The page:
pulmonary vasoactive 195–200
see also almitrine; nitric oxide
dry-powder inhalers 202
duration of invasive ventilation 148, 221, 227
diaphragm-protective protocol reducing 30
long-term, environmental influences
improving 247lung-protective protocol reducing 17
reducing, weaning criteria 209
see also prolonged invasive ventilation
dynamic pulmonary hyperinflation (DPH) 3,
88, 90
definition 88
in obstructive lung disease 88, 90, 92f, 93
dysphagia 243, 246
assessment methods 246
prevalence after extubation 246
dysphonia 246
dyspnoea
diaphragm ultrasound 153
noninvasive ventilation 21, 22
E
echocardiography, weaning-induced cardiac
dysfunction 224
elastance 10, 14, 22f, 112, 179
calculation 112t
of chest wall 179
calculation 112t
of lung 179
calculation 112t
increased, in interstitial lung disease 98
elastance-derived pleural pressure (PL) 117,
117t
elastic force 10, 12–13
elastic recoil pressure (Pel) 112, 113
elastic retraction pressure (Pelastic) 67, 68, 69
electrical bioimpedance 133
electrical diaphragmatic activity (EAdi) 30,
62, 63
amplitude, NAVA level 63, 64, 65f, 66
for monitoring patient-ventilator
asynchronies 67
electrical impedance 130
electrical impedance tomography (EIT)
129–135
basic principles 130
devices 130, 131f
examination 130–132, 130f, 135
duration 132
electrode interfaces, positioning 130f,
131–132, 131f
findings 132–135
functional images, types 133, 135
global/regional waveforms 132
monitoring invasive ventilation 132–135,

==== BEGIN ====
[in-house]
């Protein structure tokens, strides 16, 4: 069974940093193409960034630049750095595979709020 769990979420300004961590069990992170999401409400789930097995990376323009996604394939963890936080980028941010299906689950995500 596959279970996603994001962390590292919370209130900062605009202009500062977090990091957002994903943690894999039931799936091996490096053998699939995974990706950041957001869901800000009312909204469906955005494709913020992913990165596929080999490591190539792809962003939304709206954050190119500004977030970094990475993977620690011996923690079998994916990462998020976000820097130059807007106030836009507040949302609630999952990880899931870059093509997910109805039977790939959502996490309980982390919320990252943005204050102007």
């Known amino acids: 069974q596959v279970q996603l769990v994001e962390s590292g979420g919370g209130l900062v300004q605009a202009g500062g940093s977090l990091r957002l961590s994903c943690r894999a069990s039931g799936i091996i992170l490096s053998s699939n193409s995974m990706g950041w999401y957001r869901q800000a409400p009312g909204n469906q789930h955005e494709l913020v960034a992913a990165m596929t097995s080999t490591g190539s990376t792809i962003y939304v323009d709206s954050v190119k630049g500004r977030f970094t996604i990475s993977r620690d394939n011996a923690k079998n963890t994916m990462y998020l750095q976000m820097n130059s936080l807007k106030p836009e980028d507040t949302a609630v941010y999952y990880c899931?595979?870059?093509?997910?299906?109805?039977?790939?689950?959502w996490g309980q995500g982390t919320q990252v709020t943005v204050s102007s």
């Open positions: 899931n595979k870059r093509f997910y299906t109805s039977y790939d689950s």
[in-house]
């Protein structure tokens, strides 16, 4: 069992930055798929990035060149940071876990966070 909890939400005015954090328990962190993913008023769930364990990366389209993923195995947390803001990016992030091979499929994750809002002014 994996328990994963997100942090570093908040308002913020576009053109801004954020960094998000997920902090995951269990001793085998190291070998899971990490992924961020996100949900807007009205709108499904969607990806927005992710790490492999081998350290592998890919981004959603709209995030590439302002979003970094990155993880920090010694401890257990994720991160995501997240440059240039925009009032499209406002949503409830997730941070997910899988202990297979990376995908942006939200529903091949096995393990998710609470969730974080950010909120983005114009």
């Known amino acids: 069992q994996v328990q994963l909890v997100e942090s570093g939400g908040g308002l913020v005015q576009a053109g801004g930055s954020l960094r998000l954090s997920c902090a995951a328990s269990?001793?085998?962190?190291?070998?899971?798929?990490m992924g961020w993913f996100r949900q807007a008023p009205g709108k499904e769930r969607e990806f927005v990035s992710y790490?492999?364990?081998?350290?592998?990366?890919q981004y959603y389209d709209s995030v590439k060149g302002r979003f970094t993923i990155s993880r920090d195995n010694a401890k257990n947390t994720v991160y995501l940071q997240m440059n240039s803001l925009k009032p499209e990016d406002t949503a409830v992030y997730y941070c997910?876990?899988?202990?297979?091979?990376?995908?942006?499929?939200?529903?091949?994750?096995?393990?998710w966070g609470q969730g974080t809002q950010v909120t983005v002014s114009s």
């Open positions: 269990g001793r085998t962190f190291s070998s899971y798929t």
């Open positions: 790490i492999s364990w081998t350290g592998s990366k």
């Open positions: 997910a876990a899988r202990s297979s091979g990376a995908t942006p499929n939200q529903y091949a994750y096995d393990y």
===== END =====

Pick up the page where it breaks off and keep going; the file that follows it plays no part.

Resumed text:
134f, 135
breath-by-breath measurement of VT
132–133
factors affecting 132–133
numerical measures, calculation 133
primary EIT images 132
recommendations/indications 130–131,
132, 135
recruitment manoeuvre monitoring 186,
191
temporary disturbances, data 132
tidal variation, VT 132
electromyography
diaphragm (EMGdi) 6, 127, 256
patient–ventilator asynchrony detection
165–166
parasternal muscles (EMGpara) 6
emergency cricothyroidotomy 40
emphysema, mediastinal 34
end-expiratory lung volume (EELV) 112, 132
in ARDS 81
EIT measurement 132–133
nebulised fenoterol effect 205
end-expiratory pressure see positive endexpiratory pressure (PEEP)
end-inspiratory hold 11, 113, 114, 115f
airway closure 115–116
plateau pressure (Pplat) measurement 11,
113, 117, 118f
see also inspiratory pause
end-inspiratory occlusion manoeuvre
plateau pressure 19, 19f
proportional assist ventilation 68, 70
end-inspiratory pressure 113
measurement 113
transpulmonary 11
see also plateau pressure (Pplat)
endotracheal suctioning 248
endotracheal tubes 33
sensors, and dead space 255
see also intubation
energy, expenditure see breathing effort
entrainment phenomenon (reverse triggering)
163, 164f, 165f
equation of motion, of respiratory system 67,
68, 253, 257
exercise
hypoxaemia during 5
see also physical activity
expiration 119–120, 149
forceful 149
passive, ventilators 255
pressure and flow 253
time/duration, in COPD 223
expiratory effort 254
expiratory flow, peak, assessment before
weaning 243
expiratory muscle(s)
recruitment 126
ultrasound assessment 149, 151, 151f
expiratory time constant (RCexp) 75
expiratory valve 69, 255
ExPRESS study 84
extracorporeal carbon dioxide removal
(ECCO2-R) 171
effects on natural (injured) lung 172
invasive ventilation strategy changed by
172–173
CO
2 removal, amount 173
settings (VT, ΔP, RR) 173
sweep gas flow 173
extracorporeal lung support 171–176
ECCO
2-R see extracorporeal carbon dioxide
removal (ECCO2-R)
ECMO see extracorporeal membrane oxygenation (ECMO)
effects on natural (injured) lung 172
strategy of invasive ventilation changed
172–173, 174f
carbon dioxide removal 172, 173
oxygenation 172, 173
weaning from 175–176, 175fextracorporeal membrane oxygenation (ECMO)
171–176
effects on natural (injured) lung 172, 176
hypoxaemia correction by 172, 173
indications 171
interstitial lung diseases 99
severe ARDS 84, 173, 174f
invasive ventilation strategy changed by
172–173, 174f
oxygenation 172, 173, 174f
“medium” flow 171
monitoring, lung ultrasound 145
risks/complications 99, 176
in spontaneous breathing (augmented) 176
target blood gases 173, 174f, 175f
veno-venous 84, 175, 176
weaning from 175–176, 175f
algorithm 175f